I’ve never been to India, but I can imagine the Chai Wallahs calling out to draw passersby into their stall! A custom blend is poured into a clay cup, and when finished the cup is thrown onto the ground. The scented air must be intoxicating. Westerners generally know Chai as a cloyingly sweet concoction served in a paper cup at most coffee shops. The Chai recipe you’re about to encounter is hardly Western, it’s adapted straight from an Indian kitchen. Oh, and by the way…”Chai” means tea, so when you say Chai tea, you’re saying tea, tea which doesn’t really make sense. Cheerio!
I’ve loved Chai since the first time I had it at that coffee shop that everyone goes to but hardly anyone really likes… Making it at home was a logical step for a “homemade has to be better” foodie like myself. I had researched and found that boiling the spices was a key to good Chai. However, boiling them in water made a less than amazing cup. I also thought that the tea shouldn’t be boiled, because all of my tea training said to never boil tea, and certainly don’t steep for 10, 20, or 30 minutes! Perfection came when I found this blog: The Hathi Cooks. This gal lives in America, but was raised in an Indian home with apparent amazing food. I tweaked her recipe for our tastes, used her method, and voila! The best chai ever! What makes it so delicious? See our tips below.
TIPS FOR THE BEST CHAI EVER
- Blend milk, water, tea, spices, and sweetener together in a pot over medium heat. When bubbles start to form around the edges, stir it well. Bring to a second boil. Stir. Turn off heat. Steep for 10 minutes. We’ve found that if you make a gallon or more, steeping about 20 minutes is better. I don’t think you can steep too long.
Use plain, old tea like bagged organic, Lipton tea. It may not be great on its own, but it makes beautiful Chai. You don’t have to buy expensive tea! I don’t use bagged tea, because I have loose tea readily available, though I use an inexpensive blend.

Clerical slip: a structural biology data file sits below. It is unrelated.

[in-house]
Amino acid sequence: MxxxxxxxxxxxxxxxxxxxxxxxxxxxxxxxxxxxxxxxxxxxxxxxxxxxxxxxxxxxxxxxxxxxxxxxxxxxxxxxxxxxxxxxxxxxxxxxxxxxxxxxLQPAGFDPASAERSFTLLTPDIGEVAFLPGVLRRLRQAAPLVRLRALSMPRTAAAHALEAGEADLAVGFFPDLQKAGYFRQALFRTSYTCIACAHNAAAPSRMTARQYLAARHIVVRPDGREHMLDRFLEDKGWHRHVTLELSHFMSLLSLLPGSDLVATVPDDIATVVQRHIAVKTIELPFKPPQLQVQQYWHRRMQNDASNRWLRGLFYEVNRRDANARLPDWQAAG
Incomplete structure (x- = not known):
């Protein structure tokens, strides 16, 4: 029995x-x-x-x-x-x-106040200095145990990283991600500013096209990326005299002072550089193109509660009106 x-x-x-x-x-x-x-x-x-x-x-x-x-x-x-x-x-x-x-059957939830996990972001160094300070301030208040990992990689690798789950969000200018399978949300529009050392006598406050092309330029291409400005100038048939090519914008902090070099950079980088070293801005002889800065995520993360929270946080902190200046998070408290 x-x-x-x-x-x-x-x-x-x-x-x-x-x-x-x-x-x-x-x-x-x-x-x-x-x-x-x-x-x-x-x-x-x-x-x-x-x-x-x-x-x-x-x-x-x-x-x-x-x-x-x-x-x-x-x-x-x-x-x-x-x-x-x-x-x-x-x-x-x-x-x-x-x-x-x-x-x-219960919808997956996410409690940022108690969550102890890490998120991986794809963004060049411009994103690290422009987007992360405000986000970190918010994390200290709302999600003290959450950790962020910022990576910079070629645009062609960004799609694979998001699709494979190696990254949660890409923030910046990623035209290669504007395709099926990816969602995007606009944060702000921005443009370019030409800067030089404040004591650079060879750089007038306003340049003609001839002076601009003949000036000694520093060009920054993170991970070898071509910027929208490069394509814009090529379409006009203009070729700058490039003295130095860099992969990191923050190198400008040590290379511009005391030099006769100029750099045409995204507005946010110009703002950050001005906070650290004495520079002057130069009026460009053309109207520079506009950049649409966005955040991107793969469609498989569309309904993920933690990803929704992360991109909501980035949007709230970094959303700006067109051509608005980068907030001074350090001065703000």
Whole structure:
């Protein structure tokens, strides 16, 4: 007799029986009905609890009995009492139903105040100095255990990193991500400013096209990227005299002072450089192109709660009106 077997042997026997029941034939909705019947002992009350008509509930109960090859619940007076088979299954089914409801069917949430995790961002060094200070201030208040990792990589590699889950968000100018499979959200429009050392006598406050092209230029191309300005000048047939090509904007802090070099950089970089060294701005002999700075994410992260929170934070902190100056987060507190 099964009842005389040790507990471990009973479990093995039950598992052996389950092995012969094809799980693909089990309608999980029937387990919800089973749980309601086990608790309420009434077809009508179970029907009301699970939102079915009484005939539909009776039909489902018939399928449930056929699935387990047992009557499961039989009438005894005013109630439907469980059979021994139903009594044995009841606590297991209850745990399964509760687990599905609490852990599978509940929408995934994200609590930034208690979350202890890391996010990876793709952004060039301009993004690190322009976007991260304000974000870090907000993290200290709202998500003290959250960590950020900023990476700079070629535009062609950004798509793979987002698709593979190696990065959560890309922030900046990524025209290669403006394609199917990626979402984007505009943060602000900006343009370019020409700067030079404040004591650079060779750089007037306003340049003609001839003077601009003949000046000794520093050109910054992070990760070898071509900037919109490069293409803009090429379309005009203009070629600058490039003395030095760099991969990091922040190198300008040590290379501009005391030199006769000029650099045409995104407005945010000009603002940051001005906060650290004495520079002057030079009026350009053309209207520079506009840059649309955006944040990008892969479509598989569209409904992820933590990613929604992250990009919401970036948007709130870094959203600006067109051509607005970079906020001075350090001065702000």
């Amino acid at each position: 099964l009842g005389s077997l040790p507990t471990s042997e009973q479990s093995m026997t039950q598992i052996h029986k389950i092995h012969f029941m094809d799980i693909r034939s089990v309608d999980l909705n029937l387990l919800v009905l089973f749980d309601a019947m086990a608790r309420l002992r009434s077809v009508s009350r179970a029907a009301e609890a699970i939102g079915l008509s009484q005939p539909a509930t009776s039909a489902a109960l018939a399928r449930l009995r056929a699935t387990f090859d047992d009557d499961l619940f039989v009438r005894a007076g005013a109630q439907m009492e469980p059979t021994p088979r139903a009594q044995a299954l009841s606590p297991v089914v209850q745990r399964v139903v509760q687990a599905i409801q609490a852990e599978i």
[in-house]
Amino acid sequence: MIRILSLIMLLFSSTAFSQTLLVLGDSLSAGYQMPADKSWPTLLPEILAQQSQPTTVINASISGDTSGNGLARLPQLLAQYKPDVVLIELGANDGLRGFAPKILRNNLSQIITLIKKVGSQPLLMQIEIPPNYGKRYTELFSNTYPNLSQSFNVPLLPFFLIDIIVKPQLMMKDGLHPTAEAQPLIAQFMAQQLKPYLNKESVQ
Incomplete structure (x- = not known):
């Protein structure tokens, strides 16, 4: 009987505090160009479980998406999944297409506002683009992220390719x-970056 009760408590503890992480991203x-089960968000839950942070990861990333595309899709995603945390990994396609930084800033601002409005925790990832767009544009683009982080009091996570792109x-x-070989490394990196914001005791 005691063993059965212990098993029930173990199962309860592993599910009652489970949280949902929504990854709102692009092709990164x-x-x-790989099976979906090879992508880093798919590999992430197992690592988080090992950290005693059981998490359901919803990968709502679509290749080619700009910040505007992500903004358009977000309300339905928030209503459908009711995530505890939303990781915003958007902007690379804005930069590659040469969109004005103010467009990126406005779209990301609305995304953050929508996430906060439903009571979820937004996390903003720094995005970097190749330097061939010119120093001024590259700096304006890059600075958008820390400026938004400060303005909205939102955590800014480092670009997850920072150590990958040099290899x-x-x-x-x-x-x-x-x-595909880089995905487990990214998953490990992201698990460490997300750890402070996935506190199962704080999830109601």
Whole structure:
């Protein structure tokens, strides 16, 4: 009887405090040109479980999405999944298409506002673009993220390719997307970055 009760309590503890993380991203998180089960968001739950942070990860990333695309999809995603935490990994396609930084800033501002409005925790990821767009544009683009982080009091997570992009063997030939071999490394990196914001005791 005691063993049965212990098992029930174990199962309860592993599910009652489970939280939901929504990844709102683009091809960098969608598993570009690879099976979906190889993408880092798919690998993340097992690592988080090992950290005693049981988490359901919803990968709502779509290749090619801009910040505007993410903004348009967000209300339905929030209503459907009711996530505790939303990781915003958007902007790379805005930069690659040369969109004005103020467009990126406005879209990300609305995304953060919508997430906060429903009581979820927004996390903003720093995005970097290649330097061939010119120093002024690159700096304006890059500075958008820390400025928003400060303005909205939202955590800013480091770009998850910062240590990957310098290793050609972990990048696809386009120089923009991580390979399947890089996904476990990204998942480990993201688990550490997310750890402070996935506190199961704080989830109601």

Make your own spice blend to suite your taste. The black pepper and ginger are sources of spicy heat, so adjust accordingly.
Use anywhere from 3 parts milk and 1 part water to 2 parts milk and 2 parts water, depending on how rich you’d like your Chai.
You’ll need an inexpensive kitchen scale for this recipe. Trust us, you’ll be so glad you have a scale in your kitchen.
WHAT TO HAVE WITH YOUR CHAI
We love a little bite to eat with most any kind of tea. In our home, Chai gets a salty bite to balance the sweet and spicy. We recommend:
- Pistachios or any kind of nut
- Cheese such as sharp cheddar, Kerrygold Dubliner, or other strong cheese
- Plain or savory shortbread
- Popcorn (seriously)
Author: Truly Blissful
Recipe type: Beverage
- 75 g cardamom
- 7 g cloves
- 80 g ground black pepper
- 150 g ground ginger
- 150 g cinnamon
- 750 g black tea
- If using whole spices, use a blender to grind into powder. The spice blend can be kept separate and added to tea for Chai or can be used for any recipe where a Chai flavor is desired such as muffins, desserts, and more.
- Or blend the spices with the tea and keep in a jar for whenever you want Chai. The following recipe is based on the spices (Chai Masala) being blended with the tea.
- For one quart of Chai, blend 3 cups milk, 1 cup water, 2 tablespoons Chai blend (more or less to taste), ¼ cup sweetener (sugar, unrefined sugar, coconut sugar, maple syrup, honey).
- Heat ingredients in a large pot (to avoid accidental overboil). When bubbles form around the edges, stir well. Bring to a boil for a second time and stir well. Let steep for 10-15 minutes.
- Strain with a French press or through a fine strainer.
- To have Chai conveniently available, make a gallon, and store it in the refrigerator for at least a week.
Download our recipe card here
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